Ketuvot 93 - 99
Rabbi Yochanan said, “A Rabbi who prevents his Torah student from serving him is as if he withholds chesed (lovingkindness) from his student”.
Rav Nachman bar Yitzchak says, “He (the Rabbi) is also removing from him the fear of Heaven”.
These two statements show the extreme closeness of the bond between Rabbi and student in this world and its ramifications for the next world as well. Both teachings are derived from Sefer Iyov (6:13-14 – Rashi). The halachic authorities rule that these statements pertain to a student and his “special” Rabbi (Rav muvhak), from whom he has gained the majority of his Torah wisdom. A student who shows his honor for
- Ketuvot 96a
Rabbi Yossi says, “They divide the extra amount.”
Our gemara quotes a beraita of a case where a person sends a shaliach (agent) with a certain amount of money to spend for making a purchase. In the event that the seller gave the agent more than was expected, who gets the “bonus”? Whereas Rabbi Yehuda says that the agent keeps the extra, Rabbi Yossi rules that the buyer and the agent divide the extra amount.
The gemara explains that their dispute is in a case where the item purchased has a fixed price. If it was without a fixed price we would assume that the seller sold it for less than was anticipated and entire amount belongs to the buyer. However, in this case where there is a fixed price we assume that the seller gave the extra amount as a gift. Since we have a doubt whether the seller intended the gift for the buyer or for the agent, the extra amount is divided (Rashi).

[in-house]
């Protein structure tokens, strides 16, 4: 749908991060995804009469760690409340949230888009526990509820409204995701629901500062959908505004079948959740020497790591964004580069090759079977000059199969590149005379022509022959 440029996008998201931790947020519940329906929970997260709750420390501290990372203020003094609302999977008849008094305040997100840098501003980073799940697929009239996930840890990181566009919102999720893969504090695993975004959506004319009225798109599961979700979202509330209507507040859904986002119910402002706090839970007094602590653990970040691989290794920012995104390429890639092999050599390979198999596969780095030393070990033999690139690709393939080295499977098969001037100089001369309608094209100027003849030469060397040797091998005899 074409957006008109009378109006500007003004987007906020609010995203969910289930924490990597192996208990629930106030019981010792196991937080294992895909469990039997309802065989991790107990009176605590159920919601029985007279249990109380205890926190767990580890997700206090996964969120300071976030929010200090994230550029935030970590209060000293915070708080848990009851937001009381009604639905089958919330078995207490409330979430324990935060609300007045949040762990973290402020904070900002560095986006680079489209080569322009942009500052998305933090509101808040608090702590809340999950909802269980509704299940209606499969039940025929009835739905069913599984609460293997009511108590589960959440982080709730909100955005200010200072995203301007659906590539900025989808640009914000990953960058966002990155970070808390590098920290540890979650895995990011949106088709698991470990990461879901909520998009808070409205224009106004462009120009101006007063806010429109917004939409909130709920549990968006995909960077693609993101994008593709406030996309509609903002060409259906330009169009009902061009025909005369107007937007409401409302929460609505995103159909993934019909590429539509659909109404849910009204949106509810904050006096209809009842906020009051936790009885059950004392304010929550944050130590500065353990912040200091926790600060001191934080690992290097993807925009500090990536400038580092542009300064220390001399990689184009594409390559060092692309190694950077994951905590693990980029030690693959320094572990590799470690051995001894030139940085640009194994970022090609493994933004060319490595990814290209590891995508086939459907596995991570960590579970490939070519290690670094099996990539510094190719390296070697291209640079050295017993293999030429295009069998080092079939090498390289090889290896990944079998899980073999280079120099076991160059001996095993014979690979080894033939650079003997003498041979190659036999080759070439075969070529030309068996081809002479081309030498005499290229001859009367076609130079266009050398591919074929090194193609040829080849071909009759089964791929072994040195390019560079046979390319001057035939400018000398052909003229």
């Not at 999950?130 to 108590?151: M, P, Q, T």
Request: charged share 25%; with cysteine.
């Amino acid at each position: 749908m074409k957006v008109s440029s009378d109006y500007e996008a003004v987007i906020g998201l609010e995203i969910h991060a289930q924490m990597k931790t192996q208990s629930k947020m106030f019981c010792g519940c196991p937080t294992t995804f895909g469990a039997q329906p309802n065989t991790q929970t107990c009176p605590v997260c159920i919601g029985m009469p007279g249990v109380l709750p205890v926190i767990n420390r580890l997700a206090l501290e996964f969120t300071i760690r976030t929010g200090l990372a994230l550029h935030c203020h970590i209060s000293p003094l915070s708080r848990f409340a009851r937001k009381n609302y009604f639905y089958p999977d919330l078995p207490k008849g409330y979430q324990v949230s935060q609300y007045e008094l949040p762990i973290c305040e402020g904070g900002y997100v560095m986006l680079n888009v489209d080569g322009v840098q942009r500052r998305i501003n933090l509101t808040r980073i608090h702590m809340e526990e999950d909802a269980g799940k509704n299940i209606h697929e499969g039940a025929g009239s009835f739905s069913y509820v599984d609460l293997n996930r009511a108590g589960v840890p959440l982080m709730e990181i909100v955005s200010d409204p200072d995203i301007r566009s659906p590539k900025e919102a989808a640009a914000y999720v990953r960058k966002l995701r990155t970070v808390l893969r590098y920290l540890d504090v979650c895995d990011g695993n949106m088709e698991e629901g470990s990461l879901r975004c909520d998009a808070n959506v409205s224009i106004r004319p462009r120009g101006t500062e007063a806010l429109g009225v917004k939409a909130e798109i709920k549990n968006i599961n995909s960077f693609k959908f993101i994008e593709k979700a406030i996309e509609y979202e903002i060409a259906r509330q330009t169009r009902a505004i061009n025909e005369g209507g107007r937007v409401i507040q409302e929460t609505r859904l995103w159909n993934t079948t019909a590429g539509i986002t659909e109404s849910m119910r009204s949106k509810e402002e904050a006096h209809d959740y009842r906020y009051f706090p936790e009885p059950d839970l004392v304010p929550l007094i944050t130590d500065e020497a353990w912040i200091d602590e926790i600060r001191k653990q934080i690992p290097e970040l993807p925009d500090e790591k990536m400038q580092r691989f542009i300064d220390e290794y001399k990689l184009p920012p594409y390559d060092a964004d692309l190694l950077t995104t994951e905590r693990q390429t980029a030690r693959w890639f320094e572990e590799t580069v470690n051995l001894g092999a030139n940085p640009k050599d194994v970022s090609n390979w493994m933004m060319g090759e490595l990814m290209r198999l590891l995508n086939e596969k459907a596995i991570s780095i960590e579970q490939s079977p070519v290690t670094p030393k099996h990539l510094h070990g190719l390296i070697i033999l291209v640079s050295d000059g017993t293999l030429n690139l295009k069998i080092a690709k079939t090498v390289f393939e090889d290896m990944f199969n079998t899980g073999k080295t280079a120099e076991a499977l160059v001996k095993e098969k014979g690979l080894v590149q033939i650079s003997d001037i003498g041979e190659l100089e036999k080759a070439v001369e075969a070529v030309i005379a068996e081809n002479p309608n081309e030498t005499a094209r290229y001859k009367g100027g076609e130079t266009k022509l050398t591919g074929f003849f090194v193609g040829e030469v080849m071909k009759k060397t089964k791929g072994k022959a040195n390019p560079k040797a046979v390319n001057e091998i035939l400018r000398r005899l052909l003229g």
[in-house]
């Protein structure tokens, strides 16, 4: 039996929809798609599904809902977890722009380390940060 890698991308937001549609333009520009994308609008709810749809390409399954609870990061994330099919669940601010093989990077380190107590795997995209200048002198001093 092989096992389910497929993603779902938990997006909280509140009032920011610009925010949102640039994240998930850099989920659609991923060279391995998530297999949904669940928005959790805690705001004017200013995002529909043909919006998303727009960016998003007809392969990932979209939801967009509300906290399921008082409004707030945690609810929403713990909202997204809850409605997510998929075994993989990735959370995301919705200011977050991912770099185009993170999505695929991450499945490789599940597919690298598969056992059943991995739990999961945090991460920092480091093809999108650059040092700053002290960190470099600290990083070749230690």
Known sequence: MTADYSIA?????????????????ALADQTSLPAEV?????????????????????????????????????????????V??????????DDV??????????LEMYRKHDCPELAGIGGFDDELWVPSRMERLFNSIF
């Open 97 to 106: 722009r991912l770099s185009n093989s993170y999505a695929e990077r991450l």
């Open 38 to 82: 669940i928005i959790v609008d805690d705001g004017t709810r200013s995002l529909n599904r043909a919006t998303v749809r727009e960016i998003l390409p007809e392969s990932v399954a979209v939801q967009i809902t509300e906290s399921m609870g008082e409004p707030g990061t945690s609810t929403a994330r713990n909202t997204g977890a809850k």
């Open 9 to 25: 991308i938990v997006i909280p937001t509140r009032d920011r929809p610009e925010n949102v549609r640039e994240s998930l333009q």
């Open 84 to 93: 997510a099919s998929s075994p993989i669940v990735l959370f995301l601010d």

This ruling, which is taught on our daf as being the halacha, is recorded in Shulchan Aruch Choshen Mishpat 283:6. However, a question is posed on this ruling. There is a well-known teaching that “hamotzi mechaveiro alav haraiya” — one who is taking away from a person in possession must bring a proof that it is his in order to take it. Since the extra amount is in the possession of the agent why does the buyer receive half without proof that the seller intended to give him that amount, or any amount, as a gift? (Mitzpeh Eitan)
An explanation I have heard from a great Rabbi in Jerusalem is that the agent is not completely considered “in possession” of the add-on. If the seller gave it to the agent as a gift for the buyer, the agent is holding it for the buyer and is not considered “possessing” it. He would be a thief to keep it. Since we have a doubt whether it was a gift for the buyer or for the agent the fair path to take is to award each one half of the extra amount.
- Ketuvot 98b